In his debut short-fiction collection, Kohn offers vignettes about love’s triumphs and casualties.
These 19 brief tales resemble an anthropologist’s notes about urban liaisons. Indeed, the author confesses to jotting down stories during tedious business meetings, and in his tales, readers observe business people similarly trying to carve out time for (sometimes) lasting love. The most fully developed story, “Aromas of Love,” sweetly develops a meet-cute between two people surprised to find friendship in the aisles of Zabar’s in Manhattan. Other stories embrace more expansive possibilities, as in “Finding a Lost Diamond,” in which Harry, a 50-ish divorced man in Miami Beach ponders “if and how other men should mix in his life,” before he reconnects with his ex-wife. “June, Roberta and Paul” twists a familiar other-woman story into a droll cautionary tale about assumptions and extramarital affairs. Many of these episodic tales wrap up neatly, though some, such as “Exit at Charlotte,” which details a man’s crude attempts to seduce his airplane seatmate, seem mainly to be collections of old jokes. Some metaphors, meanwhile, seem unintentionally humorous, as when a couple settles differences “quickly, without crumbs left behind life’s cushions to become moldy.” Overall, the stories have a direct, to-the-point style, peppered with frequent executive summaries (“Middle-age divorce creates a paradise for some men, but for others a hell of self-doubt, with their sensuality sublimated by work”) and often read like quickly sketched script outlines. At times, however, the stories’ conclusions seem sententious, even superfluous, as in “Daniel and Susan,” which ends with the line, “Poignant memories trump all else in life” or “My Hero!” which concludes, “Superficial wounds quickly heal; wounds to the soul never do.”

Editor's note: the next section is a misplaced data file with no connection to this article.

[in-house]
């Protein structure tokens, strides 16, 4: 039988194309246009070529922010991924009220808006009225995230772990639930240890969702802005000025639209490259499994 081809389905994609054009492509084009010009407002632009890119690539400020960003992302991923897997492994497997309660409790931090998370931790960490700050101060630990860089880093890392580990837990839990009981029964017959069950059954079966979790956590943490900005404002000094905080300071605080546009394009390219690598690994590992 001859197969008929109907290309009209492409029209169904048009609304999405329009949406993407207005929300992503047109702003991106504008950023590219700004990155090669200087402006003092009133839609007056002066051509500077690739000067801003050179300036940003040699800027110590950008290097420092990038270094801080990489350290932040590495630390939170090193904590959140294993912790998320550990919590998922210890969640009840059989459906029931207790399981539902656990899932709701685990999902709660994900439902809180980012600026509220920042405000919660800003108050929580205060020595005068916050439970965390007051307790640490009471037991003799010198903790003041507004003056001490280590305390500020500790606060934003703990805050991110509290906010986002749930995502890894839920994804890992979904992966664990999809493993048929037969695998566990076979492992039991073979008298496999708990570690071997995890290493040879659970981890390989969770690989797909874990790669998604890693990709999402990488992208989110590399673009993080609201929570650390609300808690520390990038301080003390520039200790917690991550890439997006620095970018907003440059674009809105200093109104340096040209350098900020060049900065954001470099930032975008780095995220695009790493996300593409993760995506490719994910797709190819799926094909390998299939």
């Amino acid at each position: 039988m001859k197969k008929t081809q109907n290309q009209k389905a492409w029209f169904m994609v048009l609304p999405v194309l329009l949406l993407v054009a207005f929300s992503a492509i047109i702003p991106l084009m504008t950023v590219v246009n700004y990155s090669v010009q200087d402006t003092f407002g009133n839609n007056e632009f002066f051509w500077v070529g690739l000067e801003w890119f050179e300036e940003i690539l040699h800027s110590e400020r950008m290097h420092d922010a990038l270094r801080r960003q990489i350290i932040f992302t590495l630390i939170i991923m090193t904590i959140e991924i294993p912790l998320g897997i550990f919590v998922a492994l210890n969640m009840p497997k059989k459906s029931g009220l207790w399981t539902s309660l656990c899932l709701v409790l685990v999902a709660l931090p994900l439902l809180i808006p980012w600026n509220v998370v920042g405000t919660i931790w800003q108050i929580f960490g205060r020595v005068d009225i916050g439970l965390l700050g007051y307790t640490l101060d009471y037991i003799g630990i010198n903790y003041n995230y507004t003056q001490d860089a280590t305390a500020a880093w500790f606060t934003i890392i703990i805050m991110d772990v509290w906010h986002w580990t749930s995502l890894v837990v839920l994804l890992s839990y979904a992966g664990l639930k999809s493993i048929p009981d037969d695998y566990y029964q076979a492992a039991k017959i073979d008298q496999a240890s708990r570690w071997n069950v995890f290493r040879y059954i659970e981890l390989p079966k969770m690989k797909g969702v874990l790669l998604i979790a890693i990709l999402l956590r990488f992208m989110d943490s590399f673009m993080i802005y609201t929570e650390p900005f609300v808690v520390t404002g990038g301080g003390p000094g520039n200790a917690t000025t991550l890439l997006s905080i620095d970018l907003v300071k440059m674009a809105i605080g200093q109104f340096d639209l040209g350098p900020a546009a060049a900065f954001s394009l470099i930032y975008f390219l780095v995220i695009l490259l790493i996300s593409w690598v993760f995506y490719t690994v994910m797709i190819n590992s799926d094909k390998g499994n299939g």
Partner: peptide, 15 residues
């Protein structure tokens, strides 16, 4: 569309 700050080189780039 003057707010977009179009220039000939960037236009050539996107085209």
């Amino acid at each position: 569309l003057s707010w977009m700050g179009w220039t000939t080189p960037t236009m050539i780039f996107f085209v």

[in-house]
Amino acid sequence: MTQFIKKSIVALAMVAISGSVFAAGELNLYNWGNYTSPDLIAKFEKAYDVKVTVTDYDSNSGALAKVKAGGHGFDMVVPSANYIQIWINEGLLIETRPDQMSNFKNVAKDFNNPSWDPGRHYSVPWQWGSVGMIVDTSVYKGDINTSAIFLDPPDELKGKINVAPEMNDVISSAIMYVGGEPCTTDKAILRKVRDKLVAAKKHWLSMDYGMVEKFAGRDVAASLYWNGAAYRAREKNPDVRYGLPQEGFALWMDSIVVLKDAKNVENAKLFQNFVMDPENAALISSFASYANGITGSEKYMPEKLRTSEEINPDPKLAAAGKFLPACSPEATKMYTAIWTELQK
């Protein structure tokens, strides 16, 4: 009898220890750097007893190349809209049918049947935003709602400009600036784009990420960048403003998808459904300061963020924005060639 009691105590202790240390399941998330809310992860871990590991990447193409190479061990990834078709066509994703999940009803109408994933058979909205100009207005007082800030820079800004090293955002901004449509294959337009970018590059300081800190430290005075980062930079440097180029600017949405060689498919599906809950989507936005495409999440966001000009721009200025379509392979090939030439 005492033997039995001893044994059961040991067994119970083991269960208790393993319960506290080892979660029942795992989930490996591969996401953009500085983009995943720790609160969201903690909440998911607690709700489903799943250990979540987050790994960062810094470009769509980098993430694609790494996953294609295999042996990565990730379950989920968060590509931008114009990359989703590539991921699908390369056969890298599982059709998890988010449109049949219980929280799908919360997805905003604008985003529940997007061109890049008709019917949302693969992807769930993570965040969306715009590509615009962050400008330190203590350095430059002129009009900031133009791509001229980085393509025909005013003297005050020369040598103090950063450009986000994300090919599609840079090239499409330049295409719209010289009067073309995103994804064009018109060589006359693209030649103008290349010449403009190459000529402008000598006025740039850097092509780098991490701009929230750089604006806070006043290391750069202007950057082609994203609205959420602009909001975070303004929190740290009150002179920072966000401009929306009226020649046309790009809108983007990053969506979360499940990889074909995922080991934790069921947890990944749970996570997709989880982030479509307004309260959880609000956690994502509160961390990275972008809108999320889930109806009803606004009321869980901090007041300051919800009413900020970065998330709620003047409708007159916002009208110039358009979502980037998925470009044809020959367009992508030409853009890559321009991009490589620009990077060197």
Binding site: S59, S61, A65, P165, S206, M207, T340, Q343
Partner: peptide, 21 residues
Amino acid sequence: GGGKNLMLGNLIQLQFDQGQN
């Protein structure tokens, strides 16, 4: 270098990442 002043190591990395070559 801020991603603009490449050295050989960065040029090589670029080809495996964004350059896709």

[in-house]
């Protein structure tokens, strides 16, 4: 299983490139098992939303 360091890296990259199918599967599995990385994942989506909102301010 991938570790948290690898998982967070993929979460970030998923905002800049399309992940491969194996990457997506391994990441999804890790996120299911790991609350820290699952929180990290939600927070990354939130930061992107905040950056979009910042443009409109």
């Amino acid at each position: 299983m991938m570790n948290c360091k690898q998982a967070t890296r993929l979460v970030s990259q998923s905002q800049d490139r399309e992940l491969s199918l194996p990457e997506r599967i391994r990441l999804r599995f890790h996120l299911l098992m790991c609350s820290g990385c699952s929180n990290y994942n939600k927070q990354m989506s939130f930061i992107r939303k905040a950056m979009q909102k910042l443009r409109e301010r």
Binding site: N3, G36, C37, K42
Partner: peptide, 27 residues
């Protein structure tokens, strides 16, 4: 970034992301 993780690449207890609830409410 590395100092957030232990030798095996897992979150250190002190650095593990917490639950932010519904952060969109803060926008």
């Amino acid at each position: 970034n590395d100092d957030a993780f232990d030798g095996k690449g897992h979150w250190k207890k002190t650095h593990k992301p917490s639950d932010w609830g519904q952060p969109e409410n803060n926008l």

Brief but often engaging fiction that attempts to dissect the concepts of love and attraction.